Resistivity surveying uses in landfill monitoring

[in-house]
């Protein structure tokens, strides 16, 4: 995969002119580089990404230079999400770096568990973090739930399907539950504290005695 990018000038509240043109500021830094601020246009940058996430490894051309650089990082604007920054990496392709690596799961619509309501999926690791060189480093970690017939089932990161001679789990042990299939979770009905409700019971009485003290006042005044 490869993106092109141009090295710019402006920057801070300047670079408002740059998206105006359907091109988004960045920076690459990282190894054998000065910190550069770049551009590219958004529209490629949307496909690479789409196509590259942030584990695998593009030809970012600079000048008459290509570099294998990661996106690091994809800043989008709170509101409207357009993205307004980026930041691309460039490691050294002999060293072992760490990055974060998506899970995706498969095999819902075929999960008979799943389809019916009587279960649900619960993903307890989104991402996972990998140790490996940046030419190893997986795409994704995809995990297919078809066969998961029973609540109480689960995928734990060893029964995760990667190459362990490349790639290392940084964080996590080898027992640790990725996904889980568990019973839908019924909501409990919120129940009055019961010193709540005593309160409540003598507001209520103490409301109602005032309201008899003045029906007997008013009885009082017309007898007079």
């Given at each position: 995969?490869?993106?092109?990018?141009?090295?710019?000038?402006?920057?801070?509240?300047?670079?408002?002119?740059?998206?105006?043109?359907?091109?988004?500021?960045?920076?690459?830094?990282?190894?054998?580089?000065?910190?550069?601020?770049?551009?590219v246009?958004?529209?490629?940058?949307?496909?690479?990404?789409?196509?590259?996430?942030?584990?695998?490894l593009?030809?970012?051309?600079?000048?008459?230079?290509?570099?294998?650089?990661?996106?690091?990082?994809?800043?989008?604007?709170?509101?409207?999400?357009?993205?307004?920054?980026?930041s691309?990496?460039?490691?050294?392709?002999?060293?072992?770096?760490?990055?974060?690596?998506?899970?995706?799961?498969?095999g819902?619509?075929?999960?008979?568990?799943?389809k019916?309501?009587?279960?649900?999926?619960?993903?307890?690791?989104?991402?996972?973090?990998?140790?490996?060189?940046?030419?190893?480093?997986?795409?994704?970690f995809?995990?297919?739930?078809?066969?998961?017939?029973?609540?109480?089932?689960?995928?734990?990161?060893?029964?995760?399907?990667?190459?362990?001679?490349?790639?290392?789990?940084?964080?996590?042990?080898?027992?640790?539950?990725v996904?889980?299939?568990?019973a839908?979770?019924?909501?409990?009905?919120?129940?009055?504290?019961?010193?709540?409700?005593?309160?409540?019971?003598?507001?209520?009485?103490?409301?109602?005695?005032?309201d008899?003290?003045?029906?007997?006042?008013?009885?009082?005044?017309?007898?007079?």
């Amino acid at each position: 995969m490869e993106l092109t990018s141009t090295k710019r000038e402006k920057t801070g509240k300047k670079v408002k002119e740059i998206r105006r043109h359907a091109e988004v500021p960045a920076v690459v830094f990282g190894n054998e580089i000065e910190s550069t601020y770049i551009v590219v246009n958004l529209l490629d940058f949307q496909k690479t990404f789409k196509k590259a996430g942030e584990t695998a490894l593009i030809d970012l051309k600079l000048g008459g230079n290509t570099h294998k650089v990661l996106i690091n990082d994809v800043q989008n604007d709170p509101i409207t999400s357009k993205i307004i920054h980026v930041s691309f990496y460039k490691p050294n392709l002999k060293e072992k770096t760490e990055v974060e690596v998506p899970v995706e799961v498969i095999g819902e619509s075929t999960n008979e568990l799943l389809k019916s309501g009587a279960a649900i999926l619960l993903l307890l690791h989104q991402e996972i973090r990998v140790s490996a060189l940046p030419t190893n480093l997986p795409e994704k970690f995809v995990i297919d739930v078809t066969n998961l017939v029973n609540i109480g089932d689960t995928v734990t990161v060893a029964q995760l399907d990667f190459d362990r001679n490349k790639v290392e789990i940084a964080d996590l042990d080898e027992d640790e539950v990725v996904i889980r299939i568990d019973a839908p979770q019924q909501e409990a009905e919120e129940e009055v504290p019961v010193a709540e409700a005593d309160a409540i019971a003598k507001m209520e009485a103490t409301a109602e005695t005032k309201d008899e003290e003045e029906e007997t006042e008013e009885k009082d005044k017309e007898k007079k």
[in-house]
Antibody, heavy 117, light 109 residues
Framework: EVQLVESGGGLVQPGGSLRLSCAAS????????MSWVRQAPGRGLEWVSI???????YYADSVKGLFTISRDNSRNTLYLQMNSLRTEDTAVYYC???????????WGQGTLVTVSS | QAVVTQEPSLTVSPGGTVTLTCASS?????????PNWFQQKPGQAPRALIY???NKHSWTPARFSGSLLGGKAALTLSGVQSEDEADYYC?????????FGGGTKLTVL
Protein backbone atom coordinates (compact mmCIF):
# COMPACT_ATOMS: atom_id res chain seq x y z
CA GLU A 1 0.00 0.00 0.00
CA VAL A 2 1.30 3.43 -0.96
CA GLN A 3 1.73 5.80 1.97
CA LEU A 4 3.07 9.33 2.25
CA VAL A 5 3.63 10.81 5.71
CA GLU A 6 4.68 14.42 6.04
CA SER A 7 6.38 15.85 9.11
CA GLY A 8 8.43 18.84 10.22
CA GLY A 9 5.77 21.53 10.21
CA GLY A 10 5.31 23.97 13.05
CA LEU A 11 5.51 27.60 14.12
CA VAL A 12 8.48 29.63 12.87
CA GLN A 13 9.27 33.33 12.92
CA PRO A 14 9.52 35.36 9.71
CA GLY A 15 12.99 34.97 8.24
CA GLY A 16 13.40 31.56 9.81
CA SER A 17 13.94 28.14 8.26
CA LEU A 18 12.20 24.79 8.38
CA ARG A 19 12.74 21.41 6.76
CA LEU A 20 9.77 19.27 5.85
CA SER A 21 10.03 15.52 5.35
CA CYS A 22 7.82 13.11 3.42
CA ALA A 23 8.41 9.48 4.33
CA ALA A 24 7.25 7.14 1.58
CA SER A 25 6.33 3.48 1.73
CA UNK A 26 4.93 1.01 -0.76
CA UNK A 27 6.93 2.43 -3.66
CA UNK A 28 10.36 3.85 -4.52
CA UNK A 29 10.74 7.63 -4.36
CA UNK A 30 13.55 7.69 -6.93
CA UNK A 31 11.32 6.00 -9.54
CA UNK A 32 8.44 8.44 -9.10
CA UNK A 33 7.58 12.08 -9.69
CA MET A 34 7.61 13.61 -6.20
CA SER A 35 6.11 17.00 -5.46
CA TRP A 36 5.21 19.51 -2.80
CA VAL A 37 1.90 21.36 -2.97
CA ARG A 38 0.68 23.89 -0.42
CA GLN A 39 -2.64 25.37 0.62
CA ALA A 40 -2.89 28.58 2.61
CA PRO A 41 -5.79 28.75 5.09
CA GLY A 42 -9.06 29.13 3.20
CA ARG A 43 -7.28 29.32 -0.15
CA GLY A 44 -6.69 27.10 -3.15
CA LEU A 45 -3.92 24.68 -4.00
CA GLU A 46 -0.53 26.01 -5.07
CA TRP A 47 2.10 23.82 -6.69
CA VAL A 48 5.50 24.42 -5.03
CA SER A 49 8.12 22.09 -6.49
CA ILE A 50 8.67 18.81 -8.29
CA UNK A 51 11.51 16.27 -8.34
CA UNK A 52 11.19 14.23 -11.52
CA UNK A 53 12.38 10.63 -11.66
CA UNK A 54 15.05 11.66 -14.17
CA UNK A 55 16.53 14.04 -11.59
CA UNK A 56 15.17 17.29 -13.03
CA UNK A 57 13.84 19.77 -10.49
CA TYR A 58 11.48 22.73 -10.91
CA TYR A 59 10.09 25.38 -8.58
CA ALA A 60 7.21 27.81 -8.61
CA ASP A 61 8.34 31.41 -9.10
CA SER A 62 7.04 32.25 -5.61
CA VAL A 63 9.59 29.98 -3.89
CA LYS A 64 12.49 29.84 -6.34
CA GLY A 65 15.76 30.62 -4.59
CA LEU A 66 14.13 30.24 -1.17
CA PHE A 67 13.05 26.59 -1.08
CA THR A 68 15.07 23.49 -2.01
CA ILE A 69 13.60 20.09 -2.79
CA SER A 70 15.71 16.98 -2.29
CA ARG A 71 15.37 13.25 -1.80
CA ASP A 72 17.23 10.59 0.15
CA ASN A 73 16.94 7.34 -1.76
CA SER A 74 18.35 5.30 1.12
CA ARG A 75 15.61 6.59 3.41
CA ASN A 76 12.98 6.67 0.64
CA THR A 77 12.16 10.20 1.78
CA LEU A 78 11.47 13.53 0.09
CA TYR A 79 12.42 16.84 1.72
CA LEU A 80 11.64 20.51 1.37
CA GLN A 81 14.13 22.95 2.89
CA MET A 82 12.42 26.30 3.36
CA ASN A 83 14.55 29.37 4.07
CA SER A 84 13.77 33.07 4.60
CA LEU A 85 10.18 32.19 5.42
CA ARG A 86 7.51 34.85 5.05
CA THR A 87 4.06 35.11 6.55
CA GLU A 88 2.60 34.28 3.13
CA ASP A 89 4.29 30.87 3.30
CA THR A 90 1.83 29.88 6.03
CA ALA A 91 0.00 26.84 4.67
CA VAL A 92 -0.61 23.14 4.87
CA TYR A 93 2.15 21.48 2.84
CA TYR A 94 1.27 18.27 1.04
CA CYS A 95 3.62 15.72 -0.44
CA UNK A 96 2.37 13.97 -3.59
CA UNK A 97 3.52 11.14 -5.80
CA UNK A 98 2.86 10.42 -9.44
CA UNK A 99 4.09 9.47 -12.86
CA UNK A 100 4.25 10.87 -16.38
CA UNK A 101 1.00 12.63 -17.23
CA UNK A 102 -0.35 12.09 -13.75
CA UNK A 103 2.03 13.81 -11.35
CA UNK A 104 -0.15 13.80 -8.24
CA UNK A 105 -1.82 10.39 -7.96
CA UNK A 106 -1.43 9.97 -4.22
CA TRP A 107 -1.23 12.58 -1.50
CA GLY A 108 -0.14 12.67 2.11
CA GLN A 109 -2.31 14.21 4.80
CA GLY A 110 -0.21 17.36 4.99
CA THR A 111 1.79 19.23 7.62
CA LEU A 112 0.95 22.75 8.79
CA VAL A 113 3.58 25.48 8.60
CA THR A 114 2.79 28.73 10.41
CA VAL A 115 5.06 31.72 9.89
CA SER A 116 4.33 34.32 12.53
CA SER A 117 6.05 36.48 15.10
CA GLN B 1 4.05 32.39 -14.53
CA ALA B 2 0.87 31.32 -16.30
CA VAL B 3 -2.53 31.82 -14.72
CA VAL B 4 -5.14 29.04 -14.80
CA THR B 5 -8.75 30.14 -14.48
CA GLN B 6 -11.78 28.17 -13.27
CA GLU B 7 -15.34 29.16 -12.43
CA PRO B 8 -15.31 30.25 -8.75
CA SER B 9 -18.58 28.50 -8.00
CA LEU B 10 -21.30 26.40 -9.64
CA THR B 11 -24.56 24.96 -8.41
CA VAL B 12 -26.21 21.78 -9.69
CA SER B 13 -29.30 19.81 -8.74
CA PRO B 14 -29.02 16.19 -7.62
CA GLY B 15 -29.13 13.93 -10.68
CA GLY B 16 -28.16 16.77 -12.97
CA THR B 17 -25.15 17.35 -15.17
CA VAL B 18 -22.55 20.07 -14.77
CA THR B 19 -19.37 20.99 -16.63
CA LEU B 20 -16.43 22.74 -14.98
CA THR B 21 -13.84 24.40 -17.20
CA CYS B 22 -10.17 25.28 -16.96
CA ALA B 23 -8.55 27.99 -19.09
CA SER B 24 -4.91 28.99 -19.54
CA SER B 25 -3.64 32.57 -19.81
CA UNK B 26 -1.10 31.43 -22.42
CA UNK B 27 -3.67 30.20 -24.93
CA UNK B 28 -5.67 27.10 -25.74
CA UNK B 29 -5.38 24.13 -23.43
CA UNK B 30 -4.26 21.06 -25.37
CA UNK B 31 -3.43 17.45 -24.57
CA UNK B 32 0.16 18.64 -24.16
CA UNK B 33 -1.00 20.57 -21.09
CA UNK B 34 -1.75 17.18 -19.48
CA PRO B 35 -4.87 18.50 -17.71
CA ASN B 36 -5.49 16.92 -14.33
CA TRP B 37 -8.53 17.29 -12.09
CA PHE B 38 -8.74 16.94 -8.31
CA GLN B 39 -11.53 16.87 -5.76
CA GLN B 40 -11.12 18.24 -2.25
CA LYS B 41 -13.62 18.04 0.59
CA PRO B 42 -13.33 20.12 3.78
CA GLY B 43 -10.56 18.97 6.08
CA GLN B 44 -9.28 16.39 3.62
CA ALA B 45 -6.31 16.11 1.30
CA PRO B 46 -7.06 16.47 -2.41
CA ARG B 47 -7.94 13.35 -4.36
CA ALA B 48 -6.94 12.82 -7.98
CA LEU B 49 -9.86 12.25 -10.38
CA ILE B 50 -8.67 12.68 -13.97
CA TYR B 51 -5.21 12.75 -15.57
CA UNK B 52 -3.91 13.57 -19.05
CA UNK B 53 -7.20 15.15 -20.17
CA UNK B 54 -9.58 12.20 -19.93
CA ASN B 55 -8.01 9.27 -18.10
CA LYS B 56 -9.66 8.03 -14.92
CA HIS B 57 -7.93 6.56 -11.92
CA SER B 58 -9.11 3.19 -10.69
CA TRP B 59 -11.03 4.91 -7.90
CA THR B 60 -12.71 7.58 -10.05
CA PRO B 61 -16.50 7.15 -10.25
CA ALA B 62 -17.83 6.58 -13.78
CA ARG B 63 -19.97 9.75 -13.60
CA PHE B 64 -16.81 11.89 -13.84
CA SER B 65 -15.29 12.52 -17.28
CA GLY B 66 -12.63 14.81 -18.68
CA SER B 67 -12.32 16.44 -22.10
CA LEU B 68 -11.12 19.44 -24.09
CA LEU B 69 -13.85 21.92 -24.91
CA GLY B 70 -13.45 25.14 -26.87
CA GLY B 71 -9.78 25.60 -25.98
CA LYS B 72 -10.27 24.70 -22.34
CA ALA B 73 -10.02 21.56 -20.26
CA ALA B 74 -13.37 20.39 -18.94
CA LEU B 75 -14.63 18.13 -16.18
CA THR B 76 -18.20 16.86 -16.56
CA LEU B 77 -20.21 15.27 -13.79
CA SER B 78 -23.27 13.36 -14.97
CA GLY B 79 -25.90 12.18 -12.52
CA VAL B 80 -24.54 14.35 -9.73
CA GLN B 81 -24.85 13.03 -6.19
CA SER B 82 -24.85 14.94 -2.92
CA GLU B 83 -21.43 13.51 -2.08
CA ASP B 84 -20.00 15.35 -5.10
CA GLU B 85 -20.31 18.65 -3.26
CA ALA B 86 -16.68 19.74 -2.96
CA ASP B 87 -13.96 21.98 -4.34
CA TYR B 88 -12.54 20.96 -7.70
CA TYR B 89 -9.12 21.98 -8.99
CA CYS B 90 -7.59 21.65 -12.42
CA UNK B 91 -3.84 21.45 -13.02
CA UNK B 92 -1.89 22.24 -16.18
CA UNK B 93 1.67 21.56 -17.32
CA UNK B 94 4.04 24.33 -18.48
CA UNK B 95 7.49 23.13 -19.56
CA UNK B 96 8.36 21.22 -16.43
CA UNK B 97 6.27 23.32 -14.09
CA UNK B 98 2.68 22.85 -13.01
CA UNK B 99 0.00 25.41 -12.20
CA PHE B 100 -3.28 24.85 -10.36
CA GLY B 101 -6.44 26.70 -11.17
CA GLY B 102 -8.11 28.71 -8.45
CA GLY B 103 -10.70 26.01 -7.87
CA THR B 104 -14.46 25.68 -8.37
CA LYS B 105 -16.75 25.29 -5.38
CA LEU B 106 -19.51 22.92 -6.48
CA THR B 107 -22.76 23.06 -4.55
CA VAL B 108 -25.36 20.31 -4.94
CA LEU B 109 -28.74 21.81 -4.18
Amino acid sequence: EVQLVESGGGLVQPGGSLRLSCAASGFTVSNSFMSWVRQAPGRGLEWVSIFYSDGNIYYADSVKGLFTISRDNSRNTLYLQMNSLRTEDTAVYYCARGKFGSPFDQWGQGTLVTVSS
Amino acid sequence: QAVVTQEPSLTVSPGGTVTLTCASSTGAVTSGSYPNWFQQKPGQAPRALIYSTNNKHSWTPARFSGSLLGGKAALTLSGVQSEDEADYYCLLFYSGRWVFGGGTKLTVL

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There is always a need for new techniques to use in landfill monitoring. Geophysical surveying encompasses a range of techniques that have potential for use over landfills in detecting landfill geometry and interior characteristics. Three geophysical techniques are gravity surveying, magnetic surveying, and electrical resistivity surveying. Resistivity surveys measure the potential difference between electrodes placed in the ground. The electrodes can be arranged in several different arrays, two of which are the Wenner array and the Schlumberger array.' Resistivity data can then be analyzed using computer modeling software. Two such programs in use for resistivity layered-earth modeling are Veslg and Resix Plus. Resistivity surveys have been performed over Argonne National Laboratory's 800 Area Landfill, along its perimeter, and elsewhere on the Laboratory premises. The surveys performed along the landfill perimeter show a basic three-layer model in which the layers represented are different types of clays and some topsoil. The surveys over the landfill itself are more variable but all have a distinctive very low resistivity layer which may repre sent leachate-saturated refuse and fill. This layer has been demonstrated to move over time and does not appear to be related to metallic debris, according to electromagnetic surveying data. The resistivity surveys performed elsewhere on the Argonne National Laboratory premises show a three-layer model which seems comparable to the models of the landfill perimeter surveys. Hence, it seems likely that resistivity surveying can be useful in monitoring landfill interior characteristics and would prove especially useful for leachate detection. However, resistivity surveying should not be done to the exclusion of other monitoring methods; rather, it is useful in conjunction with other techniques which can confirm or clarify resistivity results.